Big Fucking Idiot

April 4, 2014

No, no. This isn’t about that, the term of endearment hurled at Mayor Ford by his crack-buddy, Elena Basso Johnson, and caught for posterity on police wiretap. bfiNo. I was turning the phrase over in my mind while watching the mayor on his feet at city council yesterday during the Great Food Truck Debate of 2014.

Set aside his personal travails. The manner in which he spends his off hours and down time. The affection and loyalty he so clearly engenders, hanging out and just being himself with the drug and gang folks. Pretend for a moment that isn’t what would normally disqualify anyone from continuing to hold public office anywhere in the real democratic world.

Watch Mayor Ford in action (clip via Matt Elliott), ostensibly doing what he was elected to do, what he’s supposedly been doing since 2000 when he first arrived at council. Watch and tell me, within a couple minutes, you don’t sit back in your chair and just think, What a big fucking idiot. Who voted for this guy again?

Look. The mayor’s not even entirely in the wrong on this. I mean, god! Food trucks! Watching this agonizingly prolonged debate, coming at the end of a year and a half process, you’d think we were venturing into uncharted territory here, as if no place else on earth has gone down this road before. It’s like the plastic bag ban or the fight over removing part of an expressway. Careful as she goes, guys! Trailblazing’s tricky!

And given the last big adventure in mobile food slinging, the á La Cart program (spit!), who’s going to disagree with Mayor Ford when he states that he’d “…just like to loosen up the restrictions a bit”? cuttheredtapeIf there’s one thing councillors should’ve learned from that mess of mess providing is that you can be too prescriptive, restrictive, meddlesome and red tape-y.

Fighting all that and the bureaucracy at City Hall is supposed to be his bread and butter. Looking out for the little guy, right? The defender of small businesses and job providers. Scourge of intrusive big government and political man-handling.

Could there be an item before city council more tailor made for Rob Ford to hit out of the park? A bigger and slower softball lobbed tantalizingly into his wheelhouse?

You wouldn’t think so.

Yet, there he was, in typical stumbling and bumbling fashion, unprepared to defend his motion.

foodtruck1If only he’d done even a modicum of homework.

Yeah, yeah. I know. Rob Ford doesn’t do homework. He’s a fly by the seat of his pants, gut feeling, shoot from the hip politician. That’s why the folks love him.

It’s also why he’s a big fucking idiot.

First of all, his motion to delete the proposed stipulation keeping food trucks 50 linear meters from any bricks and mortar restaurant sought to amend an item put forth by his very own Municipal Licensing and Standards Committee chair, Councillor Cesar Palacio. This is a guy loyal to a fault to the mayor, dimming his re-election chances in Ward 17 in the process. As Mayor Ford’s fortunes go, so too will Councillor Palacio’s.

Clearly from the tone of Councillor Palacio’s questions to the mayor, there had been no prior consultation between the two men before the motion was put forth. The councillor asked if the mayor was aware he was amending his item. Mayor Ford shrugged. Councillor Palacio wondered if the mayor knew about the food vending working group that had been hammering out compromises like the linear distance for the past 18 months. cantbebothered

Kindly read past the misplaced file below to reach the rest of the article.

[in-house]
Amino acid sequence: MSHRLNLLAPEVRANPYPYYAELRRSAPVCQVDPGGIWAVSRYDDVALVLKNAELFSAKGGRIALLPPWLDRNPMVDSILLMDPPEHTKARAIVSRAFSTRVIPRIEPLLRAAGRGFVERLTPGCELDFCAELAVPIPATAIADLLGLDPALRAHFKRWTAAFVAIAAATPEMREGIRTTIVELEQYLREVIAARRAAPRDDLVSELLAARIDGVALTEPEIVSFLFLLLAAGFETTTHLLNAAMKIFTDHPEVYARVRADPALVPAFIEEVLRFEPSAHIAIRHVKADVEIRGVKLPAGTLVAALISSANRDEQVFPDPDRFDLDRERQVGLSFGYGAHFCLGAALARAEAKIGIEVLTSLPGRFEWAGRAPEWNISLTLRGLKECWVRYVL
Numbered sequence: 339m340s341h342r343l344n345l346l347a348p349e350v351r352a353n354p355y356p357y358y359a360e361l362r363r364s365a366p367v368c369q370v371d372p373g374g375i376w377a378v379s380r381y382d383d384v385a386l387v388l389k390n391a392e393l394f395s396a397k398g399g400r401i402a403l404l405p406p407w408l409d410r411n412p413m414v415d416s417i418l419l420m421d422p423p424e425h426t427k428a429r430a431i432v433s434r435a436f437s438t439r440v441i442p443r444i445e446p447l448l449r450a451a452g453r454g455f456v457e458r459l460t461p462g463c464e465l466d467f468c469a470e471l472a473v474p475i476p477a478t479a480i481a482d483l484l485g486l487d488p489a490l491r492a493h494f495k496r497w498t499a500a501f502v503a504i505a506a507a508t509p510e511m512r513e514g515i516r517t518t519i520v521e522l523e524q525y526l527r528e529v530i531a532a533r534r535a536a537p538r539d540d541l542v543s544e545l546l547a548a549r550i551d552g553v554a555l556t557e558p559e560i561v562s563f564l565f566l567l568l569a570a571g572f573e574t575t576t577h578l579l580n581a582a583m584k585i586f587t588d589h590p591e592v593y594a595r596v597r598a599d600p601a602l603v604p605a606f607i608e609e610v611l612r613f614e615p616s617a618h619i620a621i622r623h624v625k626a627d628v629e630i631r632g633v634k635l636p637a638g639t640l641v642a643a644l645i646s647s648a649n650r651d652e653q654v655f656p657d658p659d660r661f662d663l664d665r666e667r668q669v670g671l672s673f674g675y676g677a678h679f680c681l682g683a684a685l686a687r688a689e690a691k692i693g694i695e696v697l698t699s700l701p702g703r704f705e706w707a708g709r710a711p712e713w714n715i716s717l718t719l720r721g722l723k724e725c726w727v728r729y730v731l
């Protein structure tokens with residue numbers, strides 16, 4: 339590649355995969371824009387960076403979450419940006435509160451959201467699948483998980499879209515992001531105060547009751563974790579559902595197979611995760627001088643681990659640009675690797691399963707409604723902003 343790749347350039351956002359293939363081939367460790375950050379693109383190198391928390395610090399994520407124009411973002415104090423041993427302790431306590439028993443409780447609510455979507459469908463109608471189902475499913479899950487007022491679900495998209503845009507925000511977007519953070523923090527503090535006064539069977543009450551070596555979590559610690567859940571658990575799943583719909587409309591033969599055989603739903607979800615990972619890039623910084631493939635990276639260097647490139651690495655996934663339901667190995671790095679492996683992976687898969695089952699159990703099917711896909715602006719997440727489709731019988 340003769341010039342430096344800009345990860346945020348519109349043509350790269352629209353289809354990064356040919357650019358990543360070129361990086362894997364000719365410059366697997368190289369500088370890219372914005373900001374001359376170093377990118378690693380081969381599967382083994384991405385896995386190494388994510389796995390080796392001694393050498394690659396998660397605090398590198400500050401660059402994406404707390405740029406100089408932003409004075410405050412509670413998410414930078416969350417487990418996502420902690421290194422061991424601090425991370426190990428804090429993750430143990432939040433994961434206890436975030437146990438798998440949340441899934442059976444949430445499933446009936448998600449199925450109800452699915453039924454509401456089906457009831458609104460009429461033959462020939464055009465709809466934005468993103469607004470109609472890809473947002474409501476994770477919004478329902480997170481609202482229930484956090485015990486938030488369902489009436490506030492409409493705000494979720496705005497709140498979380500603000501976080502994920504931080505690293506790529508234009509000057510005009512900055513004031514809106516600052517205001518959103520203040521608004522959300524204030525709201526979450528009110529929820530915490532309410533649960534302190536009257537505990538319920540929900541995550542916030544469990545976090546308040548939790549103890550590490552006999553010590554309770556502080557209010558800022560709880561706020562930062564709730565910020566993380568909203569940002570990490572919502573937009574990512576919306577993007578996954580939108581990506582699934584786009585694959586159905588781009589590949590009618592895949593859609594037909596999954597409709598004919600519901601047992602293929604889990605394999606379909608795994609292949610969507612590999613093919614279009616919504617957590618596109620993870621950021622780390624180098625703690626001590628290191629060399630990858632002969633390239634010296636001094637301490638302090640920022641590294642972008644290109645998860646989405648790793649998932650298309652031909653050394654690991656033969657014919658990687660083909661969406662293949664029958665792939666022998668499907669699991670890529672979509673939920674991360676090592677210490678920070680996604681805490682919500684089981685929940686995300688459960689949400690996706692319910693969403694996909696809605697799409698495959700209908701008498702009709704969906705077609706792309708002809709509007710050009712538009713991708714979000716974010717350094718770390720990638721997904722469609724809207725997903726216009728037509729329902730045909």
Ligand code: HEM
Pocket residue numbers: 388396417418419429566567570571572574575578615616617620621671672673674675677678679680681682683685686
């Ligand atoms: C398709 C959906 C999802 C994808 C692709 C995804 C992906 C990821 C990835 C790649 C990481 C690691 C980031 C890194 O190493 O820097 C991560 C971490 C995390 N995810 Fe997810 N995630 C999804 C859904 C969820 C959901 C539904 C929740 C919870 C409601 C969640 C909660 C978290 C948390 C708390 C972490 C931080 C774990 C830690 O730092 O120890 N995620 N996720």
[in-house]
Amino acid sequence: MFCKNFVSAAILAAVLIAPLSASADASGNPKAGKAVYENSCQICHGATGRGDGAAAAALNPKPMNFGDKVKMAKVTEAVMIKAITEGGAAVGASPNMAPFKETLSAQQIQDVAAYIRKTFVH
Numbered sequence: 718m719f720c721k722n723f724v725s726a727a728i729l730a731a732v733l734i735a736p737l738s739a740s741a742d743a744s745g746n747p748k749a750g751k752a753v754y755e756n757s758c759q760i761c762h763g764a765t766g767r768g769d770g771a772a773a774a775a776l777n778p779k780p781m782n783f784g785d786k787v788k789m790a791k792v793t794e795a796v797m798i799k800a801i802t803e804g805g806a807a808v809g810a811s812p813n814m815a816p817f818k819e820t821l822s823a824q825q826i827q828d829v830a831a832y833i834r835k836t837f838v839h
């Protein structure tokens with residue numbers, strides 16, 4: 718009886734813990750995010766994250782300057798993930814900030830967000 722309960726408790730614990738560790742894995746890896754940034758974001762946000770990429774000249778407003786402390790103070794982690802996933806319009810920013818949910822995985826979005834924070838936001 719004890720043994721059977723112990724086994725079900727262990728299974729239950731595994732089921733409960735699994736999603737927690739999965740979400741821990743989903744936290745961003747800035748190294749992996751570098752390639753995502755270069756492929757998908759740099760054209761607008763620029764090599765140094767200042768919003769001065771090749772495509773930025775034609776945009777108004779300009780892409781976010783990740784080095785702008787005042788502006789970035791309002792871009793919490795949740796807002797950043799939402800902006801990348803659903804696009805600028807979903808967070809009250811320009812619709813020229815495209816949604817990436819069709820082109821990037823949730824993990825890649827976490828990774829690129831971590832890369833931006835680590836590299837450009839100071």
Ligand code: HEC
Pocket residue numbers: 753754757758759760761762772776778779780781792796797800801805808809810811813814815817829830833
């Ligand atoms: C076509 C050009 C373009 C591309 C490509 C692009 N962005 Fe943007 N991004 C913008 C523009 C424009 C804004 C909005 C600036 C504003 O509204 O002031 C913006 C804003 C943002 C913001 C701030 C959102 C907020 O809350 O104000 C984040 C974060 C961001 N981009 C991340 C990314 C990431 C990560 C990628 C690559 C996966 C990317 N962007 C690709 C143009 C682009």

Again, Mayor Ford shrugged.

This followed the same line of reasoning Councillor Raymond Cho pursued when he asked the mayor if he’d attended any of the committee meetings that put the food truck proposals together. The Municipal Licensing and Standards Committee. The Executive Committee (which Mayor Ford is a member of). The mayor shrugged. Attended? Not so much. He assured the councillor, however, that he followed along. He is the mayor of this city after all.

Besides, Mayor Ford met with people about the item. In his busy, busy office. ‘They’ told him what ‘they’ wanted.

Were these people lobbyists, Councillor Paula Fletcher asked. Like it’s up to the mayor to know that! The integrity-challenged mayor then went on to explain the rules to the councillor. “It’s up to them to register,” Mayor Ford said. “It’s not up to me to ask.” goitalone1Apparently, in Mayor Ford’s world, a lot of people get offended when you ask them if they’re lobbyists before you sit down to discuss city business with them.

I told you guys from the beginning, he’s a big fucking idiot.

Besides his lack of collaborative interest or acumen, Mayor Ford also displays a fundamental deficit of attention to details. In moving to delete the 50 linear meter regulation, he just simply proposed a ‘not in front of a restaurant’ rule. Exactly how not in front? A meter on other side? Could you set up shop right around the corner from the restaurant at the side of it, in clear view of the front? How about the parking lot? Could a food truck park in the lot of a restaurant as long as it was at the back?

These kind of details matter. In all likelihood, they were discussed in the working group and various committees that hashed all that out leading up to the council debate. Meetings the mayor may or may not have followed in between appointments with people who may or may not have been lobbyists.howshouldiknow

If he’d spent even an hour checking out how other cities manage the food truck-restaurant dynamic (and it’s not like he has much else to do at this point in his busy, busy schedule), he might’ve come up with more specific ideas instead of his half-baked “This is free enterprise! Let them sell what they want! Let the customer decide” motion that emphasized nothing more than his haphazard, governance in isolation mode that serves no constructive purpose aside from burnishing his lone wolf brand.